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Krispy Kreme: Hold The Sugar

Krispy Kreme Doughnuts, long known for its high-calorie treats, plans to offer a low-sugar doughnut to attract dieters and diabetics.

Exactly how low the sugar content would be is something only the company knows, and even in the hallowed halls of doughnut central, the answer may still be evolving. Krispy Kreme spokeswoman Amy Hughes says she doesn't know because the new doughnut is still in the early stages of development. It is set to debut before the end of the year.

One of Krispy Kreme's Hot Original Glazed doughnuts has 10 grams of sugar and 200 calories. More than half of those calories come from fat, 12 grams of it.

Krispy Kreme lover Clint Beaver says while a low-sugar doughnut is a good idea, he doubts he will be giving up on the original glazed variety.

"As for me, I'll die eating the fattening doughnuts," said Beaver, a student at the Wake Forest University School of Medicine.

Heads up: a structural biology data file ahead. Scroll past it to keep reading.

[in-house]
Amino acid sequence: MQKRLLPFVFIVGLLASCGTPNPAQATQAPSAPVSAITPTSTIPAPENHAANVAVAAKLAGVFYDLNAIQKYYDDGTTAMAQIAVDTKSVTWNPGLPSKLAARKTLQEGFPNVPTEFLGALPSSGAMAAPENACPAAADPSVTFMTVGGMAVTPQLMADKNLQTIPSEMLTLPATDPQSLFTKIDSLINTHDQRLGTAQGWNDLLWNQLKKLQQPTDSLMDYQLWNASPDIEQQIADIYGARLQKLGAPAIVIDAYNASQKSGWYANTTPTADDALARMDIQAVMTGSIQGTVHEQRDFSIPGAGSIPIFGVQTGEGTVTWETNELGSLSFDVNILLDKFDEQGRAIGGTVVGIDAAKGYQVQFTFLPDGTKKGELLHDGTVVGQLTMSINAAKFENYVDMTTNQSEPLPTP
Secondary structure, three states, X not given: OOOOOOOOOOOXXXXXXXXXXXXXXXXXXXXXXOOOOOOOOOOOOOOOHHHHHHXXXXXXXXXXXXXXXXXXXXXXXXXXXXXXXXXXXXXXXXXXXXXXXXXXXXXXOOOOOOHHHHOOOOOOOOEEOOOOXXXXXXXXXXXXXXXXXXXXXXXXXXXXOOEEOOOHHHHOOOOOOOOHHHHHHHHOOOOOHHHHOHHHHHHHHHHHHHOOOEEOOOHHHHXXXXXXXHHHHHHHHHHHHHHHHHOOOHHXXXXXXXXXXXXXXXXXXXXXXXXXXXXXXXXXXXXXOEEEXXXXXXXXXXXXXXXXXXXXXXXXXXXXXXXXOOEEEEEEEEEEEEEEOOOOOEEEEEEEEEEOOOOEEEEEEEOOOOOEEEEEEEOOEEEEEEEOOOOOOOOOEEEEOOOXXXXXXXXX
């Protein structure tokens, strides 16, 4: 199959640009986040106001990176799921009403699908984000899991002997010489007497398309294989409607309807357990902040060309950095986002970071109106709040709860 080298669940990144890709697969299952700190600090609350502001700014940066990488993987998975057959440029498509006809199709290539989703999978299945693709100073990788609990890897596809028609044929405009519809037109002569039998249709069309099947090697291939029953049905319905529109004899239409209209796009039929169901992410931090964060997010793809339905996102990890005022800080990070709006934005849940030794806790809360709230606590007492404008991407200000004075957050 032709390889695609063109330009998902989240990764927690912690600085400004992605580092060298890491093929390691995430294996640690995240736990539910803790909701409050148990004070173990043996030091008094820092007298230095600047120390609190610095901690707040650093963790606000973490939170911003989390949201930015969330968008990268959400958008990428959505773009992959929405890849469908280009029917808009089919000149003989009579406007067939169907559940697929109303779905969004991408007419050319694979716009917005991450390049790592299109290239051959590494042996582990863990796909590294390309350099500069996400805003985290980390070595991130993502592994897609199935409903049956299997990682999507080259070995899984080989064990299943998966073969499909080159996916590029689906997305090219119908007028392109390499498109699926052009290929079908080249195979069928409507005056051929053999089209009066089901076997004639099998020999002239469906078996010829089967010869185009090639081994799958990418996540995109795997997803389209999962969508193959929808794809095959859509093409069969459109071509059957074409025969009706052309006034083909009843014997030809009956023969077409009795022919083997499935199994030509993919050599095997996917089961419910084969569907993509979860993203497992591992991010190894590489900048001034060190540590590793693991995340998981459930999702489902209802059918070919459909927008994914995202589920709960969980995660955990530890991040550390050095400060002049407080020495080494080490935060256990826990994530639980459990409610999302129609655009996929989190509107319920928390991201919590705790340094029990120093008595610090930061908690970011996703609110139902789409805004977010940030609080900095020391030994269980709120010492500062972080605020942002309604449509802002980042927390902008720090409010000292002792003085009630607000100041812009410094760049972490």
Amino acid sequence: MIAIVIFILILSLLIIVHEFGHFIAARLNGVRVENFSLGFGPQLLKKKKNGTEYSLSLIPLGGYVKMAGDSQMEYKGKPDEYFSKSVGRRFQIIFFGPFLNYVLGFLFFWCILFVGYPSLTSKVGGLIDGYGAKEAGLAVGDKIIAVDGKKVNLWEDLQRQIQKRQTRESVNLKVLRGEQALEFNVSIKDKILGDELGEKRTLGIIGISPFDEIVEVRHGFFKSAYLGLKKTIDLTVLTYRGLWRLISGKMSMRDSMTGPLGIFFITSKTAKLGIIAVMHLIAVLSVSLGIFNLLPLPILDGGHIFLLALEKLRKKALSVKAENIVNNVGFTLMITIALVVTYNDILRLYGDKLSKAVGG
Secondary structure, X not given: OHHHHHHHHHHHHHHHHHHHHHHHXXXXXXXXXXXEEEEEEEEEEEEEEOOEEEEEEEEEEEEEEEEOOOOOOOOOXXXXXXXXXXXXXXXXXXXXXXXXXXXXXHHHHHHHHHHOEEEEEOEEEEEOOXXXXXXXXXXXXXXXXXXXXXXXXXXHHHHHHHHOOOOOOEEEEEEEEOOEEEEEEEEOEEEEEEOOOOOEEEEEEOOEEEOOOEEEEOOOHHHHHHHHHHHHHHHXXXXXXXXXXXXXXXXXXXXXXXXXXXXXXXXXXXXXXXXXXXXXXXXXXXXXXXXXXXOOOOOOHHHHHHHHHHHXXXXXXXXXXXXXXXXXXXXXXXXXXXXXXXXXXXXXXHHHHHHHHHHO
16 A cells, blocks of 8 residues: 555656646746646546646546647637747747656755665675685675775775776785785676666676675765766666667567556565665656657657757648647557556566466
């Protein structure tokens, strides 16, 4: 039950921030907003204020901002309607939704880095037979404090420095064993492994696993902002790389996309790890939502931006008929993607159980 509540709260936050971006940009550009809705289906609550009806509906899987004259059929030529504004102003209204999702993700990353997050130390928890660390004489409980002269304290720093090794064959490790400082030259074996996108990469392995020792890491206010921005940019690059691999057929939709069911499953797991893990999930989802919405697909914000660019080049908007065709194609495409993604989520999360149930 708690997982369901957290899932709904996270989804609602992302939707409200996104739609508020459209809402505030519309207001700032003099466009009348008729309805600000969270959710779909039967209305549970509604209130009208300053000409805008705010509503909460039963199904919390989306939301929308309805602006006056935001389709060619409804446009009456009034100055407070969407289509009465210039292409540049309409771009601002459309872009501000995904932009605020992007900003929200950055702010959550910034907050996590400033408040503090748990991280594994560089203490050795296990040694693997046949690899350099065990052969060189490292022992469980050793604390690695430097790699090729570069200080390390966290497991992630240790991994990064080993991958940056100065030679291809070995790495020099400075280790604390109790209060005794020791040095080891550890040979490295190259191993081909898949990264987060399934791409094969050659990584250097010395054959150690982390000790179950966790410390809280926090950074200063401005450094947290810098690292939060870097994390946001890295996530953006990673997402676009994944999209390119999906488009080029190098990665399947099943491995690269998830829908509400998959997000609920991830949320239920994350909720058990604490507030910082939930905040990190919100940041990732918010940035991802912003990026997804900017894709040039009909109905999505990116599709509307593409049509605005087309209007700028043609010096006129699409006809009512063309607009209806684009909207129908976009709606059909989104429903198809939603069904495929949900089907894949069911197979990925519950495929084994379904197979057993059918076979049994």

One of his med-school friends, Nathan Painter, found the whole idea of a low-calorie doughnut strange. "It just seems odd they're trying to be healthy," says Painter, adding that he will give one a try.

The idea of offering a low-sugar doughnut isn't new for Krispy Kreme.

"We've been looking at this for some time," says Hughes.

Krispy Kreme's plans are in line with those announced recently by a number of fast food giants, including McDonald's, which is phasing out "supersize" portions of fries and drinks - except for special promotions - by the end of the year.

Fast food makers have been motivated in part by changing diet trends and lawsuits filed by consumers who contend their health has been adversely affected by high fat, high sugar foods.

Wednesday, the House passed legislation that would ban such lawsuits, on the grounds that they could bankrupt fast food chains and restaurants.

The measure isn't expected to pass this year in the Senate, where Democrats argue that the industry does not need federal protection.

The debate over the issue however seems unlikely to fade anytime soon.

In a report issued Tuesday, the Centers for Disease Control and Prevention cited the combination of poor diet, physical inactivity and obesity as a leading cause of death in the U.S. - second only to smoking.

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